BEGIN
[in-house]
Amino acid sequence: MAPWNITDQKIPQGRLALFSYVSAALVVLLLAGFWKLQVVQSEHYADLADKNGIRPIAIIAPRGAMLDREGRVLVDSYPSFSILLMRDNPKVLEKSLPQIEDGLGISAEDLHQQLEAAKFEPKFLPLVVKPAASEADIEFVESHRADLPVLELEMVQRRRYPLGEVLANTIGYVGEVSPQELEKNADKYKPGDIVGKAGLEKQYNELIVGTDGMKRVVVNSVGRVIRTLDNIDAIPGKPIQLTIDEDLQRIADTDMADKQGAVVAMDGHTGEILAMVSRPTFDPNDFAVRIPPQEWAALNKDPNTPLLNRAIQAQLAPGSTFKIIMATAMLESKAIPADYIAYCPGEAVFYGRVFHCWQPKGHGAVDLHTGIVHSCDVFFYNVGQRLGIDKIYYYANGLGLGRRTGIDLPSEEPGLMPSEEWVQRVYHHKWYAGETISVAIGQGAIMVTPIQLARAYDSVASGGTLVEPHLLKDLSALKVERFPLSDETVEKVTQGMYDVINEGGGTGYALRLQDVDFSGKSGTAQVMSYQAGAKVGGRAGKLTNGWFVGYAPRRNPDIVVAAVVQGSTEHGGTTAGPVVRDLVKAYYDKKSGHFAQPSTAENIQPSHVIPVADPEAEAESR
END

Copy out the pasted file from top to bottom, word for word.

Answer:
[in-house]
Amino acid sequence: MAPWNITDQKIPQGRLALFSYVSAALVVLLLAGFWKLQVVQSEHYADLADKNGIRPIAIIAPRGAMLDREGRVLVDSYPSFSILLMRDNPKVLEKSLPQIEDGLGISAEDLHQQLEAAKFEPKFLPLVVKPAASEADIEFVESHRADLPVLELEMVQRRRYPLGEVLANTIGYVGEVSPQELEKNADKYKPGDIVGKAGLEKQYNELIVGTDGMKRVVVNSVGRVIRTLDNIDAIPGKPIQLTIDEDLQRIADTDMADKQGAVVAMDGHTGEILAMVSRPTFDPNDFAVRIPPQEWAALNKDPNTPLLNRAIQAQLAPGSTFKIIMATAMLESKAIPADYIAYCPGEAVFYGRVFHCWQPKGHGAVDLHTGIVHSCDVFFYNVGQRLGIDKIYYYANGLGLGRRTGIDLPSEEPGLMPSEEWVQRVYHHKWYAGETISVAIGQGAIMVTPIQLARAYDSVASGGTLVEPHLLKDLSALKVERFPLSDETVEKVTQGMYDVINEGGGTGYALRLQDVDFSGKSGTAQVMSYQAGAKVGGRAGKLTNGWFVGYAPRRNPDIVVAAVVQGSTEHGGTTAGPVVRDLVKAYYDKKSGHFAQPSTAENIQPSHVIPVADPEAEAESR